European Union foreign ministers have given preliminary approval of a plan to impose trade sanctions on the United States in retaliation for tariffs that Washington has imposed on EU steel products. However, negotiations on the dispute are continuing, and Washington has already announced some limited exemptions.
Foreign ministers of the 15-nation bloc backed a European Commission proposal for $300 million in tariffs on U.S. goods, including steel, textiles and orange juice - if Washington fails to make satisfactory compensatory offers for its new steel duties.
EU Trade Commissioner Pascal Lamy says the European Union is showing firmness but is not trying to raise tensions. Mr. Lamy, speaking through an interpreter, said some progress is being made. His interpreter said, "I am sure you will appreciate neither we nor the Americans state on a daily basis exactly where we are in the negotiations. But things are moving forward."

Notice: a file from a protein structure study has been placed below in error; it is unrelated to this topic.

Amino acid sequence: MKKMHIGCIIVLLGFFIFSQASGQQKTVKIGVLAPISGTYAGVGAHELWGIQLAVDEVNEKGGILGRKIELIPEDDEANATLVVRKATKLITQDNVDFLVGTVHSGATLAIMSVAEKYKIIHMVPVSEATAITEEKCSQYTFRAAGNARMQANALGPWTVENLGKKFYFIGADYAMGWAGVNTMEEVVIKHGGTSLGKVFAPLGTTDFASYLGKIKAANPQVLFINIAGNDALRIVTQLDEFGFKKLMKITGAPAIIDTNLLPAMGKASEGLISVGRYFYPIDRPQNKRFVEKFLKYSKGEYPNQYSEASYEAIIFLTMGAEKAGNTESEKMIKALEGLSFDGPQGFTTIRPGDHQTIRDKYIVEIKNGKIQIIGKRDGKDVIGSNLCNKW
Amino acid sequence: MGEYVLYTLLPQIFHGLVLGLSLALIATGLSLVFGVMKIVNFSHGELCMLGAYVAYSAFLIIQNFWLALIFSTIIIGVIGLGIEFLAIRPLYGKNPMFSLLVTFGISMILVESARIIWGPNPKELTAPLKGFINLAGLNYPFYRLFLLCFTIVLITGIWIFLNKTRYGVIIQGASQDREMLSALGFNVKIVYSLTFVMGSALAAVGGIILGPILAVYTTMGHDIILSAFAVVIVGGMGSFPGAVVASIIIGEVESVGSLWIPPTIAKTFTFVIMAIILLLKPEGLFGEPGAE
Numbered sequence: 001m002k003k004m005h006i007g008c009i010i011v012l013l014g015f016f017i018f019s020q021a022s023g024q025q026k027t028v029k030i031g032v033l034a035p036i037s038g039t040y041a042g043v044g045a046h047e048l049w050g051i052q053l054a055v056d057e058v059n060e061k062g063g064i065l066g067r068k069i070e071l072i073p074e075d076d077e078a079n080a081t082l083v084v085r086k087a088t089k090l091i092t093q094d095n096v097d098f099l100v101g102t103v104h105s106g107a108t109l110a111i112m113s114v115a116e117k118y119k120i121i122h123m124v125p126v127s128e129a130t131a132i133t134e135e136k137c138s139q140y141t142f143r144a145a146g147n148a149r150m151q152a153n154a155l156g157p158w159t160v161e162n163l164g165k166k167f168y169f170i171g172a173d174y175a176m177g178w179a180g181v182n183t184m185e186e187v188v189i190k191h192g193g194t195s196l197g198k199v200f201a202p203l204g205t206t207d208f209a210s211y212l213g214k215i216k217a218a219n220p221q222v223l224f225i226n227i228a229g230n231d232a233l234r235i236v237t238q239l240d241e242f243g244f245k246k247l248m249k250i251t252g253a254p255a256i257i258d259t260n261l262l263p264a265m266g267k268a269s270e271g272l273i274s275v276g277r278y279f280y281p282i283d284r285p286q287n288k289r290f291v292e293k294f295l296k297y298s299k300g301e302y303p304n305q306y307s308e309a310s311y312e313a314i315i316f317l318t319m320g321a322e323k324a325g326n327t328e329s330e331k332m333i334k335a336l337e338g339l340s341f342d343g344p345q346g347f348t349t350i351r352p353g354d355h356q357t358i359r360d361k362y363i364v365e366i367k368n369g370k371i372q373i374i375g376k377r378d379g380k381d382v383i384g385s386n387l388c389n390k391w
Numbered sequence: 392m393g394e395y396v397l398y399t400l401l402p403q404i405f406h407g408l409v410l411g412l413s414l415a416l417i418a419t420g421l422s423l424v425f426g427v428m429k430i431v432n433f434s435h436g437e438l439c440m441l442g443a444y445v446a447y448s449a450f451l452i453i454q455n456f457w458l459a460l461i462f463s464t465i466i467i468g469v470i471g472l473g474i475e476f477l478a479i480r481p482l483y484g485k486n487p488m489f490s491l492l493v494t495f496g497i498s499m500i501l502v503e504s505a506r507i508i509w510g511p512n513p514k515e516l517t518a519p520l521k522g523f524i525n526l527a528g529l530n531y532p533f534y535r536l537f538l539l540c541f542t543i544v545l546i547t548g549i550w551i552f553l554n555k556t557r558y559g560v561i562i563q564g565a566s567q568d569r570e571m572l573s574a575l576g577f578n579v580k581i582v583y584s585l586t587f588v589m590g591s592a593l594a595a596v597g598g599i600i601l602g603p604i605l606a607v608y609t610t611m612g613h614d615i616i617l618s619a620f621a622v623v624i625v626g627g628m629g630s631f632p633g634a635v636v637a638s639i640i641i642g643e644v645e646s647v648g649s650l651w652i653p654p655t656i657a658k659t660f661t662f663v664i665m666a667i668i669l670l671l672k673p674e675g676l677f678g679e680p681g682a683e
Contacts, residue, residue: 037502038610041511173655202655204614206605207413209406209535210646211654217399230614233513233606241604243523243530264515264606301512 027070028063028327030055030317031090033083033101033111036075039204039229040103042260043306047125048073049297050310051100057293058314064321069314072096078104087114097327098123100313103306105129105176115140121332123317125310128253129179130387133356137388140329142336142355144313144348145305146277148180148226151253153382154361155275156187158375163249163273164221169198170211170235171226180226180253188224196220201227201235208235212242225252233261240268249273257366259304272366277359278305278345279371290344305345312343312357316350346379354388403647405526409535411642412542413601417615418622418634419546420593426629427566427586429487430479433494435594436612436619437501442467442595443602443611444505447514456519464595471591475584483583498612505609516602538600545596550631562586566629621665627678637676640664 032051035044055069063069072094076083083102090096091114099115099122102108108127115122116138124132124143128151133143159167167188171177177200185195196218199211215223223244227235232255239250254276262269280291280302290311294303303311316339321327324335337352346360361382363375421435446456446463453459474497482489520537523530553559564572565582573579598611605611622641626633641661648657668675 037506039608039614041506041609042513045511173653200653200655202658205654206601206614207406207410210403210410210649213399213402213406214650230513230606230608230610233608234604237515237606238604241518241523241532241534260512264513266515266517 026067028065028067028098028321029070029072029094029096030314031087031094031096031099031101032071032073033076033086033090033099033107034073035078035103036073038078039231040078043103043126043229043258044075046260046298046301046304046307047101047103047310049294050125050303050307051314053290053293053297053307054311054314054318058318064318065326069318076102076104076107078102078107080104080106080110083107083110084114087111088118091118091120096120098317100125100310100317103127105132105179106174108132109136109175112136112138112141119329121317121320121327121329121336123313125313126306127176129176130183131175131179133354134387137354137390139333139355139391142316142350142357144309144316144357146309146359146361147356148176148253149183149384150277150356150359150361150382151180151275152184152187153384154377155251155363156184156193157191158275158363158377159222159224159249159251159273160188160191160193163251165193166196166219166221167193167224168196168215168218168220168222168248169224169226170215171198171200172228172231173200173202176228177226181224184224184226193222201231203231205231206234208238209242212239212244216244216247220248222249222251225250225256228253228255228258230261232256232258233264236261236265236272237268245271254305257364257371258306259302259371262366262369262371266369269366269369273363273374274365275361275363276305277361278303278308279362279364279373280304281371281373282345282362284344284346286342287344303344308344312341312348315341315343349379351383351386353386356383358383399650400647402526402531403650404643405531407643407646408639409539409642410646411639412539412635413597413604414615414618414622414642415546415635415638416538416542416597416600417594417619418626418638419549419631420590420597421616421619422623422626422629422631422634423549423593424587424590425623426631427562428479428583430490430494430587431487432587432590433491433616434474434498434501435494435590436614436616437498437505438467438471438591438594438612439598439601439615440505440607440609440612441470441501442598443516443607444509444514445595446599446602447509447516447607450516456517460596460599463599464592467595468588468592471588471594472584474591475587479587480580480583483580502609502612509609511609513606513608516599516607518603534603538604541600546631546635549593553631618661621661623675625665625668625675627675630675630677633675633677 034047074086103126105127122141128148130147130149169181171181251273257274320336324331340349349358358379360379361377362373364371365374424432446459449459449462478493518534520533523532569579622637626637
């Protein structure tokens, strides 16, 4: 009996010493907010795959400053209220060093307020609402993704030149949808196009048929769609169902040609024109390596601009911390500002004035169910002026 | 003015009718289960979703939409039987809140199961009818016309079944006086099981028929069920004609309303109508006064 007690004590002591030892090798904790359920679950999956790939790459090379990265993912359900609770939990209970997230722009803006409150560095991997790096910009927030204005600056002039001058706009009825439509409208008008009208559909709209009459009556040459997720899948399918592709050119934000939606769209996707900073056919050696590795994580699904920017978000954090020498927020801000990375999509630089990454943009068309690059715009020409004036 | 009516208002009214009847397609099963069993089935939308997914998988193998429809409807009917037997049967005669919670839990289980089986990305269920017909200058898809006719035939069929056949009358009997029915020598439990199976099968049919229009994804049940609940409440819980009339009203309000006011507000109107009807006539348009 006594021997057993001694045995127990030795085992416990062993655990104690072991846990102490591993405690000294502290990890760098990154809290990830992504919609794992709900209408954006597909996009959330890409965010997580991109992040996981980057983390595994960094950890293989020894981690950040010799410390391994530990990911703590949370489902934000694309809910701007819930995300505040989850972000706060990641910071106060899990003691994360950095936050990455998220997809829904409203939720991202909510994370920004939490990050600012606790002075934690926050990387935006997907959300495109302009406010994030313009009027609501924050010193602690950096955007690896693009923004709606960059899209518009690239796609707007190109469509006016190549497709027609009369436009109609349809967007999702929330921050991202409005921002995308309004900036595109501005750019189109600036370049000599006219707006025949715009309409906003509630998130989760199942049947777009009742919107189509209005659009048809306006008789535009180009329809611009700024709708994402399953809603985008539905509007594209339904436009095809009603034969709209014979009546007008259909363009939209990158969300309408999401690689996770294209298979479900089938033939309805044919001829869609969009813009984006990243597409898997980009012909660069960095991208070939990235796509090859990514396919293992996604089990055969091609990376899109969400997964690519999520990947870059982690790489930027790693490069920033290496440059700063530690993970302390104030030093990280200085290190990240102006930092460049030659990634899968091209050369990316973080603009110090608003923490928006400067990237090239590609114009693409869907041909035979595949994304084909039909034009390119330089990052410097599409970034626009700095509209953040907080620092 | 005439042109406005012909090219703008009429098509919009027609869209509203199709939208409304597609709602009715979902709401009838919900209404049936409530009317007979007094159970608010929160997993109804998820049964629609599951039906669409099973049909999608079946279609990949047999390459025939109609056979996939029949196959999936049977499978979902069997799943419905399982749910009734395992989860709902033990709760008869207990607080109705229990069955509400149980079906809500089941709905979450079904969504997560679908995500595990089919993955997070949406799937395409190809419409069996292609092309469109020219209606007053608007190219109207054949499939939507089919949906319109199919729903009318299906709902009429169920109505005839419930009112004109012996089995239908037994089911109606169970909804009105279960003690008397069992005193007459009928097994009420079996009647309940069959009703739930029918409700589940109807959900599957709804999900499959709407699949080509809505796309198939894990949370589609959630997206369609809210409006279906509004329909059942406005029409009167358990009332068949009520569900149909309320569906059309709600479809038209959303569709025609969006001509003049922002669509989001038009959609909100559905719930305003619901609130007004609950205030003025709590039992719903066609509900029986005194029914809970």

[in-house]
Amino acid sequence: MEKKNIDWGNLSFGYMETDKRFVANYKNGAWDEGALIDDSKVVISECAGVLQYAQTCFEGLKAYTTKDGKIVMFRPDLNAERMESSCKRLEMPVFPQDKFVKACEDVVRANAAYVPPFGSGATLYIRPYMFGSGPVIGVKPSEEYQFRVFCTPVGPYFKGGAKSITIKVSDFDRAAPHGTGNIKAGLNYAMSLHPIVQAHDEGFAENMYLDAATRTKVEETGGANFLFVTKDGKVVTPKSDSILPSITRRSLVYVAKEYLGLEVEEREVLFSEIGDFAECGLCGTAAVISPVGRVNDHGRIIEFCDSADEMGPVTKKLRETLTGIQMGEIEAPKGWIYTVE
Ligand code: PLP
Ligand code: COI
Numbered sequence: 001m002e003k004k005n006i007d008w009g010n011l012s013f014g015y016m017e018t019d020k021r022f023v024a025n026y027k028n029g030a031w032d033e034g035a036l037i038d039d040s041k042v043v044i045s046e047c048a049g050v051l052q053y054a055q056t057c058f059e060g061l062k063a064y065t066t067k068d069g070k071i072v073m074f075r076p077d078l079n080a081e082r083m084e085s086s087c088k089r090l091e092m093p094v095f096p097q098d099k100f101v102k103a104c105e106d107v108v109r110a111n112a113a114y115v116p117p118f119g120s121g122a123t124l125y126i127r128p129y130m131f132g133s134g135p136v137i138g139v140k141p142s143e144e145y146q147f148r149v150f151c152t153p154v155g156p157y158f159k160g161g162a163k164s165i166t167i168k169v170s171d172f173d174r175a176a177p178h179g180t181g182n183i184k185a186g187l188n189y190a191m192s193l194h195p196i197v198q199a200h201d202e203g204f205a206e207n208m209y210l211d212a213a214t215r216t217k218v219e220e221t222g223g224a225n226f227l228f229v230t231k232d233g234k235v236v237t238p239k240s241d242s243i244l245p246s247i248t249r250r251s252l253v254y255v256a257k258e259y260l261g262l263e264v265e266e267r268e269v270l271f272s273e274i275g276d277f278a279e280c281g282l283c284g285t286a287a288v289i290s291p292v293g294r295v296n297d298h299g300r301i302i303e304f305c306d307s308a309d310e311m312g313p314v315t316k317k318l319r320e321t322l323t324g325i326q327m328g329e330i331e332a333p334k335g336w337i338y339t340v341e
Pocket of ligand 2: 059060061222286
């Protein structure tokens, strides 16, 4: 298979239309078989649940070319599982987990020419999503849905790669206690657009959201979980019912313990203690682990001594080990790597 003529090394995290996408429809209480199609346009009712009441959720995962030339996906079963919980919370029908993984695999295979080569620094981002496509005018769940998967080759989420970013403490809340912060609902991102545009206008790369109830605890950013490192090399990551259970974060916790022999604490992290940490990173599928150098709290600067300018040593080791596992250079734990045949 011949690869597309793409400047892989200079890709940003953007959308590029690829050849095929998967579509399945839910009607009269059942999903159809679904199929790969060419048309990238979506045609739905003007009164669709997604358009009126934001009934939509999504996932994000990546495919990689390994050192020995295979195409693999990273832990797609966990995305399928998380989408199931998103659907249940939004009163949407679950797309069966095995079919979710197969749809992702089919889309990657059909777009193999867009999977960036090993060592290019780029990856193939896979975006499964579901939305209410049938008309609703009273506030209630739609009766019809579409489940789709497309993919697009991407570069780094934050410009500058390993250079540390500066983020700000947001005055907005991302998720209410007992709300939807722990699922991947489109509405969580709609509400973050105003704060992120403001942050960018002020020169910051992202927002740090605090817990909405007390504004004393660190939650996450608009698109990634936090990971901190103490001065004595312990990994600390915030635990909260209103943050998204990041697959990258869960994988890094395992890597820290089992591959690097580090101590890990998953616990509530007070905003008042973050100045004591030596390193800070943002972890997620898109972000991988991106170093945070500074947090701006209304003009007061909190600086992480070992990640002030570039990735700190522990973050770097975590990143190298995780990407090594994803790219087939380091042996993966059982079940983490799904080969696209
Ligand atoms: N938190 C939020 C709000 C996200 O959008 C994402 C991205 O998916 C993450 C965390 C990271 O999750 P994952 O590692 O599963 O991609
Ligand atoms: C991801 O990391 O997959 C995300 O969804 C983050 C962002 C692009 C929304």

The European Commission will report to EU ministers by July 19 on the progress in negotiations between the EU and the United States. If no progress is made, ministers will decide by August whether to go ahead with sanctions.
Meanwhile, the U.S. commerce department has announced it will exempt 61 imported steel products from the tariffs imposed by President Bush in March. The products were excluded because U.S. producers do not make them in large enough quantities to meet American demand.
Commerce officials say these exemptions will be followed by further such announcements in coming weeks. Washington has set a deadline of July third for decisions on an initial group of hundreds of exemption requests.
The trans-Atlantic trade dispute began after President Bush in March approved tariffs of up to 30 percent on steel imports to protect financially devastated American producers. The tariffs affect two-thirds of EU steel exports to the United States.